Chaos can make you anxious – even if you’re someone who’s used to chaos.
Creative people tend to have a reputation for being messy and disorganized. Until very recently, I didn’t fit the mold for that stereotype. I used to be a hyper-organized person. I even spent 7 years as a military clerk. You can’t get much more organized than a military administrative professional. But having children changed everything. It’s much harder to be organized when there’s several people in a household and where there are a million things that all have to get done at once. I went from hyper-organized to hyper-messy. And, because I’m brave (or stupid), I’ve decided to let you in on my dirty little secret: I’m a messy person. And I’m even going to let you in on how messy I’ve really become. Despite my attempts to have my most organized year ever, my house currently looks like this:
For asthma sufferers, discovering triggers can not only be a way to ensure more comfort, but can also be a life-saving measure. Many asthma sufferers are sensitive to substances that can trigger an attack. For me, that substance is perfume. Although I do not react to every scent, I do react to many. In addition to a potential asthma attack, perfume also triggers pretty severe post-nasal drip for me as well. Although this isn’t life threatening, it’s extremely uncomfortable.
I saw this comic strip a long time ago, and I laughed out loud, because it’s so relatable:
I think this comic strip describes reality pretty well, at least for me. I get so overwhelmed by the sheer amount of email I receive in a day. It’s nuts, and a lot of it I don’t even want to read (or have time to read). But when I receive a handwritten letter in the mail, I can’t wait to make time in my schedule to read it. Receiving a handwritten letter is such a wonderful feeling. I think it’s because we know how busy everyone has gotten, so we feel special knowing that someone took the time to sit down and write us a special note.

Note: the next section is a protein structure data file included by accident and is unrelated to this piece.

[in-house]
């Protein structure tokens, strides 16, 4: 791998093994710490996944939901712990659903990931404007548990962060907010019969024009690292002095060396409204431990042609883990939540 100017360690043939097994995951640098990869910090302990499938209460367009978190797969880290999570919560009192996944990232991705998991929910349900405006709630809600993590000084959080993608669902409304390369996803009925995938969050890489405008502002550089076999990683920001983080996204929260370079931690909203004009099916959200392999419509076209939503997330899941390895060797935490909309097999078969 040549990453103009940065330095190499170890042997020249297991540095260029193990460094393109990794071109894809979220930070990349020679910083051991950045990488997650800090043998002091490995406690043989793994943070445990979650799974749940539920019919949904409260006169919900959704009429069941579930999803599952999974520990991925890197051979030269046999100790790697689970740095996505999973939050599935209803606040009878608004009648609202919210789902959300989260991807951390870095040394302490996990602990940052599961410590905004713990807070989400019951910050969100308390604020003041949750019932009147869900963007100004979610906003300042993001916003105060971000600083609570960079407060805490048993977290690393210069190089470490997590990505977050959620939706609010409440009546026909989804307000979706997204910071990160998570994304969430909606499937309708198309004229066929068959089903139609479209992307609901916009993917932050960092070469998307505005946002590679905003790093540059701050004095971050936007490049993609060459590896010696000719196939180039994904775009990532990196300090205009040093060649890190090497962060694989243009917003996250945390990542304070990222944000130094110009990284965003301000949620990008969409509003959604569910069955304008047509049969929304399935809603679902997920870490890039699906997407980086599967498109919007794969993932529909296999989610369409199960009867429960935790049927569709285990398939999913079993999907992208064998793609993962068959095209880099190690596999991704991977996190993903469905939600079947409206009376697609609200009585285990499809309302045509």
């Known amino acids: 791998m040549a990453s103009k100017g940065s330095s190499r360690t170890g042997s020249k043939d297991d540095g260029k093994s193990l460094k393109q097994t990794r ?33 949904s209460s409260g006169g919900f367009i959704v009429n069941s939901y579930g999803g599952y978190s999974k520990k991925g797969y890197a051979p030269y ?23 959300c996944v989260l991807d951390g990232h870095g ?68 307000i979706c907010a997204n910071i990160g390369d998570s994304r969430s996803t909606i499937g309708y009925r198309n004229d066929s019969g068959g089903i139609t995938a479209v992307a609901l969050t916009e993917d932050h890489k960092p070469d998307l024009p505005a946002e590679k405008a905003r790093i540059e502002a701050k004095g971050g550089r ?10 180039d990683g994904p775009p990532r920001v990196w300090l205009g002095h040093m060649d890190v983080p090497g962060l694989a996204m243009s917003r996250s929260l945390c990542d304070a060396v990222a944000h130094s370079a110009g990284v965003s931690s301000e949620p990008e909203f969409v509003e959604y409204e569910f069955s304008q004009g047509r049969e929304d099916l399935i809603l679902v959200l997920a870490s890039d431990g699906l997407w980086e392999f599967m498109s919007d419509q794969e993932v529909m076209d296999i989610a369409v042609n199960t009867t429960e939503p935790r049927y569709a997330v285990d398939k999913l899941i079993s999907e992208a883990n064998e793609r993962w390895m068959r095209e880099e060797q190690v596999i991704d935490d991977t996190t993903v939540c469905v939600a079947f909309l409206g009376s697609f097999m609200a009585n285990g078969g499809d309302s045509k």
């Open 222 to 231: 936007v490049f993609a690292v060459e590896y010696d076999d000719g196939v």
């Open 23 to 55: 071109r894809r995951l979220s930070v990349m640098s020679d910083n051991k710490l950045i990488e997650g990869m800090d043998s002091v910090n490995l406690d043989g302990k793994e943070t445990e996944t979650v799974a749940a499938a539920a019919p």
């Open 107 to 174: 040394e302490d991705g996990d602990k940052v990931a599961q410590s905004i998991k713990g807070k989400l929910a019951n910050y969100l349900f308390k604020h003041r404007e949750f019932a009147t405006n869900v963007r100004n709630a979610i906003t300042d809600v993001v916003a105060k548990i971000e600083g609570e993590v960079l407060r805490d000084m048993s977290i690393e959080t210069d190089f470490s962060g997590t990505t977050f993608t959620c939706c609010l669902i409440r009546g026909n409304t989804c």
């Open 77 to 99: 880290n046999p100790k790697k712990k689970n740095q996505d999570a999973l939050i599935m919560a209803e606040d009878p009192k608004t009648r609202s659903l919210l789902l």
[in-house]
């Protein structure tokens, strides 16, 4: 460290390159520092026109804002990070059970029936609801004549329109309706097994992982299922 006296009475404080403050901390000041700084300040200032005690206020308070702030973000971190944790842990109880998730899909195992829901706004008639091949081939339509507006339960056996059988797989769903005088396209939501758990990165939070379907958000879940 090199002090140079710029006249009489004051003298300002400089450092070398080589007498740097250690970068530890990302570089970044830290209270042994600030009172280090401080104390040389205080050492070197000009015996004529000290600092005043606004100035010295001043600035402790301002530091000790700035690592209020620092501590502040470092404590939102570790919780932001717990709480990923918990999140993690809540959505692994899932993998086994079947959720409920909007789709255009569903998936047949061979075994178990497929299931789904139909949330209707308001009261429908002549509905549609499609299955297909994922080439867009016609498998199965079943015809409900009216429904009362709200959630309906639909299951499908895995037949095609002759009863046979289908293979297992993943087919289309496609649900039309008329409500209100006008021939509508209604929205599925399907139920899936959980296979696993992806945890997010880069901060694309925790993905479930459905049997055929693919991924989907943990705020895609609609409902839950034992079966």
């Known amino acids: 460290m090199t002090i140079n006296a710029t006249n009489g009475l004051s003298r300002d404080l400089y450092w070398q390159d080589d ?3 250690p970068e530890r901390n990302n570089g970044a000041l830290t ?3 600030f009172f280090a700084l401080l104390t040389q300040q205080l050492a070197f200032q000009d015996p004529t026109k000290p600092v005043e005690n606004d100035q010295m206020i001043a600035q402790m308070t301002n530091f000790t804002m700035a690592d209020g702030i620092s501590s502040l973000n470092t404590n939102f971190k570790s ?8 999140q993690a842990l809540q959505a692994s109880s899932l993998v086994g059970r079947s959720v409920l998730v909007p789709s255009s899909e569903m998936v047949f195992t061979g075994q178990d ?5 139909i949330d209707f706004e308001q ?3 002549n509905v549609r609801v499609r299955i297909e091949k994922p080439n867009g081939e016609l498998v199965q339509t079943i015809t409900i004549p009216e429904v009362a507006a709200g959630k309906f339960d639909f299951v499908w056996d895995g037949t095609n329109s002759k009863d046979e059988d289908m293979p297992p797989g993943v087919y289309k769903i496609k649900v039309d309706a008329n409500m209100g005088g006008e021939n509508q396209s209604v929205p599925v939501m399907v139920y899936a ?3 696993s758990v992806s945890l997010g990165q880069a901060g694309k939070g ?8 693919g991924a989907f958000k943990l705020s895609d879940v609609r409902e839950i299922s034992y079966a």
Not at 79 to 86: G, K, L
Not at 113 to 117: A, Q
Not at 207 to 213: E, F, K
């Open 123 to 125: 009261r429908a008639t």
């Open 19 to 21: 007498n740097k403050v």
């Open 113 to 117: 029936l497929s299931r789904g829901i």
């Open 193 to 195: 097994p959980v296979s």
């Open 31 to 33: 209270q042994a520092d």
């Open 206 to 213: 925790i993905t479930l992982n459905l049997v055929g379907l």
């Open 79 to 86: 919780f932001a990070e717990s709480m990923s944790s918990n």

Maybe that feeling is the reason that Universal Letter Writing Week started. Whatever the reason, I think focusing on handwriting letters for a whole week is a wonderful idea. I also love a challenge. So here goes: for Universal Letter Writing Week on January 8th to the 14th, I challenge you to write one handwritten letter every single day. If you can mail it to a loved one, even better. Here are some ideas about who to write:
Write to an old friend with whom you’ve lost contact – see if you can find their contact information online, and let them know you’d love to re-connect.
Write a letter to your mom and/or dad just to tell them you’re thinking of them.
Write a letter to your best friend.
Write a love letter to your partner.
Write a special note to your children.
There are so many options here. The point is to sit down and take a little time out of your day to let someone else know that they’re special to you. To revive the art of handwriting, and to have a little fun.
What will you write about, and who will you write this week?
This year, I’m on top of things. I had all my Christmas gifts purchased before December hit. I finished my handmade stocking gifts well before Christmas eve. But of course, in typical Mariana fashion, I can’t remember where I put one of the gifts, and chances are, I’ll still be scrambling to get ready for Christmas Eve, even though I had planned everything well ahead of time.
If, like me, you’re not always on top of things (even when you think you are), you might still have some gifts left to buy. Do you have a writer on your gift list? Or someone who would love to pursue their writing more seriously? Here are some ideas that’ll make their faces light up. The best part? You could buy some of these on Christmas Day, and
they’d still get to enjoy them on the same day (ah, the joy of membership communities).
Here are some awesome gift for writers.
Since I was 15, I’ve always had all kinds of stuff on the go – all at the same time. I worked full time hours while going to high school full time (and still managed to participate in two extra-curriculars per year, while writing poetry, too. I worked two jobs all through my university years, had a blast swing dancing with friends every week, and still managed to graduate on the Dean’s Honours List with a dual degree. After university, I worked three jobs while continuing my swing dancing outings and still managing to hang out with my husband. Then I had kids. Now I homeschool, parent (and waste time with my kids), play sports for fun and hang out with friends, and I have a writing business on the side (which is doing pretty well, considering how little time I spend on it). Whenever I slow down, it’s usually because someone tells me to do so. And I’m never happy when I listen to that advice.